Instead, we feel crushed by the pressure to appear perfect—like we have it all together. We feel trapped because we’re terrified of others knowing the truth. And it eats at us. Because of this, some feel they can’t go on another day, which is one reason why seemingly perfect people fall from grace overnight or take their own life.

I pray that our society—including churches—would be more transparent about personal problems. I pray it would become more “mainstream” for people to discuss their issues. I pray we would throw away the masks and be real with each other. I pray hurting people would feel less terrified of coming out into the open. I pray the stigma around therapy and recovery would end. I pray we would truly connect with one another.

 

There’s freedom in honesty. There’s freedom in true connection.

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Acquainted with that Song

While this poem doesn’t fit tidily into any of our three categories, I think it is more than appropriate to publish it this week in honor of Martin Luther King Jr. It is a profound poem, and I hope you enjoy it. – W.R. Harris

 

A Short Background of the Poem by the Author (Originally Published in TEACHING ENGLISH MIDDLE SCHOOL LANGUAGE ARTS: Incorporating 21st Century Literacies)

You probably recall from attending poetry readings yourself that poets often explain the incident that gave rise to particular poems. Invite your students to do this and model such an introduction yourself. That was done before reading the draft of the poem evoked by the Robert Frost poem, “Acquainted with the Night” read that day. Here is what I gave as background for the poem.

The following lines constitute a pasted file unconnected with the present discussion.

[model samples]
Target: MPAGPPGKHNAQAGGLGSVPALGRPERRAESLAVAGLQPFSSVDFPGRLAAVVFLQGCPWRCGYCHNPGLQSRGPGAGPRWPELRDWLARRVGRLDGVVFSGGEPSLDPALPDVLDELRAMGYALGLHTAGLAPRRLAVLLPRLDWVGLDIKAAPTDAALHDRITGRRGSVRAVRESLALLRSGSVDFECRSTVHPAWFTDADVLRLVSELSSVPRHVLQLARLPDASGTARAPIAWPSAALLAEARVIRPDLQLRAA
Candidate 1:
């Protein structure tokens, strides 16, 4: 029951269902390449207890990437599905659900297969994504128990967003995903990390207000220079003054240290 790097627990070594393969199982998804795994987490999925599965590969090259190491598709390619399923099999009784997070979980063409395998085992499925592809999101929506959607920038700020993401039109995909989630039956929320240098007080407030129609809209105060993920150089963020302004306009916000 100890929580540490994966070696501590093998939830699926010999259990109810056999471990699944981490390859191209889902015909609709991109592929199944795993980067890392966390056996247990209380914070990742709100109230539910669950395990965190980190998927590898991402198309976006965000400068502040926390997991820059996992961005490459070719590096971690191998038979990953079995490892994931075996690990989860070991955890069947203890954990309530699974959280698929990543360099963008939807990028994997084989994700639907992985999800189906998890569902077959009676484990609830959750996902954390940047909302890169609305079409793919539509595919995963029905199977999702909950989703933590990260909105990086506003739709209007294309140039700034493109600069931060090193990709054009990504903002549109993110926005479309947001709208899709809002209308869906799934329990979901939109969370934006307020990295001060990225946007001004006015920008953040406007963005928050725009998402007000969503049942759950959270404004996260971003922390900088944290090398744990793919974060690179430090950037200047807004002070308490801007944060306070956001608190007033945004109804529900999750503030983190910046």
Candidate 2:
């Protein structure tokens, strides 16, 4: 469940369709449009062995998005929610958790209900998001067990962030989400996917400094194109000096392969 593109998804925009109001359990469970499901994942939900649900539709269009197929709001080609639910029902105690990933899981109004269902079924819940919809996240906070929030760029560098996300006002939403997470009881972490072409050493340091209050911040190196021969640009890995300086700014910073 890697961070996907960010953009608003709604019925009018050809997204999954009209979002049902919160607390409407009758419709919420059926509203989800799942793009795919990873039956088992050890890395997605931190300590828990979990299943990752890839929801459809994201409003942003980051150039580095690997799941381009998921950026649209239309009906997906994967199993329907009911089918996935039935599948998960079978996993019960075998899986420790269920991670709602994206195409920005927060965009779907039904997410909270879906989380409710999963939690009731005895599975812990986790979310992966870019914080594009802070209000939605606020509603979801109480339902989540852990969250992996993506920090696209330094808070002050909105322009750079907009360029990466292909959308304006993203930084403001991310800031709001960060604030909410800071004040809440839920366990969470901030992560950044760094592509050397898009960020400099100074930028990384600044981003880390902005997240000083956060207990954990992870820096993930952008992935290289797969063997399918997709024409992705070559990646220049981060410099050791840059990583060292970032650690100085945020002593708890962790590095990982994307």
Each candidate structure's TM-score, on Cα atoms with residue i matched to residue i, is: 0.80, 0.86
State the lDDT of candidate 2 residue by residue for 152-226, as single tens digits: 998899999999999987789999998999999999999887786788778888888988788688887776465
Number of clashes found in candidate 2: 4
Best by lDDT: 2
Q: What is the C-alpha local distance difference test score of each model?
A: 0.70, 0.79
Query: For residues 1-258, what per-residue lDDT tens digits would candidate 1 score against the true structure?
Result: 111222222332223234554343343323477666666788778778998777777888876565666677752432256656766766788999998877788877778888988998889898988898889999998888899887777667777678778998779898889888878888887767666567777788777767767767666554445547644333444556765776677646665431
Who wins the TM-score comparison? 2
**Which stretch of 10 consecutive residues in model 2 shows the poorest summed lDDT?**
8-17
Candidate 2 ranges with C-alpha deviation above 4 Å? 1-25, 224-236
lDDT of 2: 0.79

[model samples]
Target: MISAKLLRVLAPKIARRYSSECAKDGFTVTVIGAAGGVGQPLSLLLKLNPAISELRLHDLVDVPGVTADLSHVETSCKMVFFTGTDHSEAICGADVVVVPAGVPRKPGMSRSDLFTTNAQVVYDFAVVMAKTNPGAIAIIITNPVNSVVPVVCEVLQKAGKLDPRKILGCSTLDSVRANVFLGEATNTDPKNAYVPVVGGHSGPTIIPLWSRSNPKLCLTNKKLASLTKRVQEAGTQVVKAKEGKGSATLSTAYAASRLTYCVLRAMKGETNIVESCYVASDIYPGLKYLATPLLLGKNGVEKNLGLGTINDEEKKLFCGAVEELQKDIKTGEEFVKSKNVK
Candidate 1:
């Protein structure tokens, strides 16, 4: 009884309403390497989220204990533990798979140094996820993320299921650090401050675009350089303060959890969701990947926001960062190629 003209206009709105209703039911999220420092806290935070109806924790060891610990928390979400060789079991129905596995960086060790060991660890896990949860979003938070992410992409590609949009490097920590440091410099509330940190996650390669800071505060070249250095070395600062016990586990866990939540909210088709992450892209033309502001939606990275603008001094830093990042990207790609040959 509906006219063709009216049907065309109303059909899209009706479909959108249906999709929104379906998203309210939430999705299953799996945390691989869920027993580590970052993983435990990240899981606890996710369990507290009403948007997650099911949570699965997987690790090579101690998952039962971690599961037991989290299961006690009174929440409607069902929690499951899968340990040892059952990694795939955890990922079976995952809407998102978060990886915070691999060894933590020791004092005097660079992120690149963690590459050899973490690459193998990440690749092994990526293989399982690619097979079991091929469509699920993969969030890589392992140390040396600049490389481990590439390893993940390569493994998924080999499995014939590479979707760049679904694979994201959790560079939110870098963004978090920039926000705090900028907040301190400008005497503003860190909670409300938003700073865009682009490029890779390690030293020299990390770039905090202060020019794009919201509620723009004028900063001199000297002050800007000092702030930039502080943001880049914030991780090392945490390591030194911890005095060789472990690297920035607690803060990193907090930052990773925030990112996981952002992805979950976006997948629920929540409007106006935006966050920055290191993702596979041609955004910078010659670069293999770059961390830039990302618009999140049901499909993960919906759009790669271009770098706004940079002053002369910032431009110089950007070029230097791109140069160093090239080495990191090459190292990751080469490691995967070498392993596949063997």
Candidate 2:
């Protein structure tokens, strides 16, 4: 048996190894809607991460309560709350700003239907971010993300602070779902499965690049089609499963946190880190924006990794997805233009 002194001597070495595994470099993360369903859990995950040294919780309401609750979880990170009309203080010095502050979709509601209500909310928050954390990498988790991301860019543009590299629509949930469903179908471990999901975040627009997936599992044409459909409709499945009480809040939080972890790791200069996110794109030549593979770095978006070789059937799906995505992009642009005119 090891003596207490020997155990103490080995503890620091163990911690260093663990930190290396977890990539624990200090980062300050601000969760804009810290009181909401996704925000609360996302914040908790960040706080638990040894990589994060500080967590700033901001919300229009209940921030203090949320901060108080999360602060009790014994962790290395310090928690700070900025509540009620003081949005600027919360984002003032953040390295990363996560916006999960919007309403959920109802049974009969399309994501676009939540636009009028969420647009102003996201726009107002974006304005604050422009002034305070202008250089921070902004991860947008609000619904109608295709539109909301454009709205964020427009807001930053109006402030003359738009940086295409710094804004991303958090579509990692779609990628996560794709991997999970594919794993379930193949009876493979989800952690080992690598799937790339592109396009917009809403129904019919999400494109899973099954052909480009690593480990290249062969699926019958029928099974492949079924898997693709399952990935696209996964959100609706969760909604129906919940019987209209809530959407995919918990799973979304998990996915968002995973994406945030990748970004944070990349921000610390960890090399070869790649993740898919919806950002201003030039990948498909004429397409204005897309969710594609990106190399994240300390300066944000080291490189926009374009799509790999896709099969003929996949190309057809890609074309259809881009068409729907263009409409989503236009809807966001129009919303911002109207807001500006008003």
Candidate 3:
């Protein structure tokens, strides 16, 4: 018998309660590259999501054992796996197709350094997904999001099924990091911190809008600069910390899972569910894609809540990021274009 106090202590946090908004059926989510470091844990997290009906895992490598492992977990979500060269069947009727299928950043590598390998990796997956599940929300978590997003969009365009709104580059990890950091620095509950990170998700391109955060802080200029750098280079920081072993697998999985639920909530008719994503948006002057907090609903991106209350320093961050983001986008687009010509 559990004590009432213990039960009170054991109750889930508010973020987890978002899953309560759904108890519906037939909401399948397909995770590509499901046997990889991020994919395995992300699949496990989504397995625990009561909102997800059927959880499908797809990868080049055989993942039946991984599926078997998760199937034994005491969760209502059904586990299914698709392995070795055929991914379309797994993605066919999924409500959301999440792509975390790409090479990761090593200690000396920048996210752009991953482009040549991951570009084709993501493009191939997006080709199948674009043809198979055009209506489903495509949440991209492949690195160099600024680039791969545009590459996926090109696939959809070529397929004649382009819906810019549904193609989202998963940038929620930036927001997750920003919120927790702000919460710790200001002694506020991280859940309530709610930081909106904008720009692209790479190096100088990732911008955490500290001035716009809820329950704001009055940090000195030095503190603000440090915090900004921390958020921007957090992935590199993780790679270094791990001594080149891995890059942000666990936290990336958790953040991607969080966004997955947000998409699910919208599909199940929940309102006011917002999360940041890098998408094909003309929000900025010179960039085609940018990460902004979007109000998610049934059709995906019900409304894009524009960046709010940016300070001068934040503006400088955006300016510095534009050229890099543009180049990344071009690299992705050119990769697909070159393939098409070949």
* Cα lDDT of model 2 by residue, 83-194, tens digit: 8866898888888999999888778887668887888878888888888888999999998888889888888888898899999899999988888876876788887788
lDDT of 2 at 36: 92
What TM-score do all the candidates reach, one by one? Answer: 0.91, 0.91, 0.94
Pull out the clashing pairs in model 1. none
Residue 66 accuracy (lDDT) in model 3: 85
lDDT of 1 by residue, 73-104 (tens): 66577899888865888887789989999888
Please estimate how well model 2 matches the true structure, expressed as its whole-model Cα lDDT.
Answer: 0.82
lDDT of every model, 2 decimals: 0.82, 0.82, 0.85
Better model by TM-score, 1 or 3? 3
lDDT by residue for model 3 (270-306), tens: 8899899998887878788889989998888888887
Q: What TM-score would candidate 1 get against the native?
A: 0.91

In 1996, I was a part of a team of teachers who, sponsored by Rotary International, served as ambassadors of education to Kenya, Uganda, and the French island of Mauritius. I had never been to Africa and was thrilled about the opportunity, but a little apprehensive at the same time.

Families who were curious about us and about our country often volunteered to be our hosts. On our last evening in Mombasa, Kenya, our new friends had a lawn party and invited members of the local Rotary groups and their families to attend. After dinner, they asked each member of our team to speak about our time in Mombasa. When I arose to speak, trying to compose myself and gather my thoughts, I looked up. Seeing the brilliant night sky, it all of a sudden it struck me that I could be standing on the soil of my ancestors; they could have stood in this same place and witnessed such a sparkly navy blue night.

As a fifth-generation descendant of African slaves, I don’t know where exactly in Africa my family is from. Nevertheless, standing there in the Kenyan night moved me deeply. Tears leaked from my eyes; primordial memories arose and clogged my throat; I couldn’t see; I couldn’t speak, but somehow I began to sing the old Negro Spiritual, “Sometimes I Feel Like a Motherless Child.”  To this day, I have no idea why that particular song came to me. Nor did I realize how deeply lodged in my memory that experience had become—until I began patterning Robert Frost’s poem “Acquainted with the Night.”  It was then that I understood Epstein’s point that writing is a form of discovery.

Describing my African experience did help my students understand that we humans often do not know what we think or feel until we read what we write. I encourage you to write with your students, too. You, too, may unlock something memorable about an experience you have had and may write a poem you are willing to share with your students. Here is mine.

 

 

Acquainted with That Song

 

I have been one acquainted with that song.

I’ve sung the song in tune—and out of tune

I have held that high note oh so long.

 

I have sung the song—clear like a loon.

I have kept within the music’s beat

And swooped down low, yet staying right in tune.

 

I’ve sung that song and let my voice just soar

While deep within my soul, the words brought tears

That slipped right down my cheeks; my heart just tore.

 

That song, reminding me of trials sore

Experienced by people who did so long

For freedom, justice, rights, and so much more.